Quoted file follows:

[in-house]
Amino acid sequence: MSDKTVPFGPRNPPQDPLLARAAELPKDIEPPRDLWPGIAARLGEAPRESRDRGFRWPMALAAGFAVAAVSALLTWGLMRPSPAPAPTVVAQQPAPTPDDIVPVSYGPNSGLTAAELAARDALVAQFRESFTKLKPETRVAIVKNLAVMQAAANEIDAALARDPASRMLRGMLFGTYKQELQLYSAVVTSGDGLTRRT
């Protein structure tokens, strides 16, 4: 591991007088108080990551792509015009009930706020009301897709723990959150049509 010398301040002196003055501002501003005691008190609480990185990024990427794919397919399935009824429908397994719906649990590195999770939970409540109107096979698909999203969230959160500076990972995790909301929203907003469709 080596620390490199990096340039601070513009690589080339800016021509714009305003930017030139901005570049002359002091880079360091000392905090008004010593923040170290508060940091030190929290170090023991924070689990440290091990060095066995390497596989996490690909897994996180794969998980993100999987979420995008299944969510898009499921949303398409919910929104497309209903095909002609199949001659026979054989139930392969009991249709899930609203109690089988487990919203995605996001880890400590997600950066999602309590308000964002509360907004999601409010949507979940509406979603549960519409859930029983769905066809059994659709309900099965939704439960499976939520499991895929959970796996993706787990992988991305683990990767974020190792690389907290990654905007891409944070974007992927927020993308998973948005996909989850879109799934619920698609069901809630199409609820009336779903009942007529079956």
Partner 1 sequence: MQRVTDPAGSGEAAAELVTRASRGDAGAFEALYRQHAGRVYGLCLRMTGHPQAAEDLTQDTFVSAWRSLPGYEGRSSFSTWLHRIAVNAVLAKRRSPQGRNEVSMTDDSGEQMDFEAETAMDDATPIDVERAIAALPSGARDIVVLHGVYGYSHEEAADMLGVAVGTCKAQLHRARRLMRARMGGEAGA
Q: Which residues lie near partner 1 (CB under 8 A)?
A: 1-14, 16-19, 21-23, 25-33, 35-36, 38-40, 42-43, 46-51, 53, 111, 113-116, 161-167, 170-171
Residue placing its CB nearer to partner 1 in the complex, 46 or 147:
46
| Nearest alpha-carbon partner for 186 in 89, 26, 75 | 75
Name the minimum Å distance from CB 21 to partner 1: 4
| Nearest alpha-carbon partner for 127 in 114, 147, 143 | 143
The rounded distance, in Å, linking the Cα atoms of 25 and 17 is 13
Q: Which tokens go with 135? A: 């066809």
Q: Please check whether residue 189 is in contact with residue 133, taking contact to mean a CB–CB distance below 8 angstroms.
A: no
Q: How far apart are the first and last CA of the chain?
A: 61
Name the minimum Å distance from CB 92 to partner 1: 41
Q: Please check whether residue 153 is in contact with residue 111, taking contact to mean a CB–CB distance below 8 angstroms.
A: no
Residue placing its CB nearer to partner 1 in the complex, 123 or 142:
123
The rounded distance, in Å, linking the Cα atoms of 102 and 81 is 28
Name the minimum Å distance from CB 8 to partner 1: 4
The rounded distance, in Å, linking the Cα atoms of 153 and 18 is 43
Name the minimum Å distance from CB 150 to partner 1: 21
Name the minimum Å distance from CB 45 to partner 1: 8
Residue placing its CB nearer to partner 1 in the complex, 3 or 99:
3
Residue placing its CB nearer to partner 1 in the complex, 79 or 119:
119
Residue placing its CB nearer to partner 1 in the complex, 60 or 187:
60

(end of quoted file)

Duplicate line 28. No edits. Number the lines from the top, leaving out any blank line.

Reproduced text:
Residue placing its CB nearer to partner 1 in the complex, 3 or 99: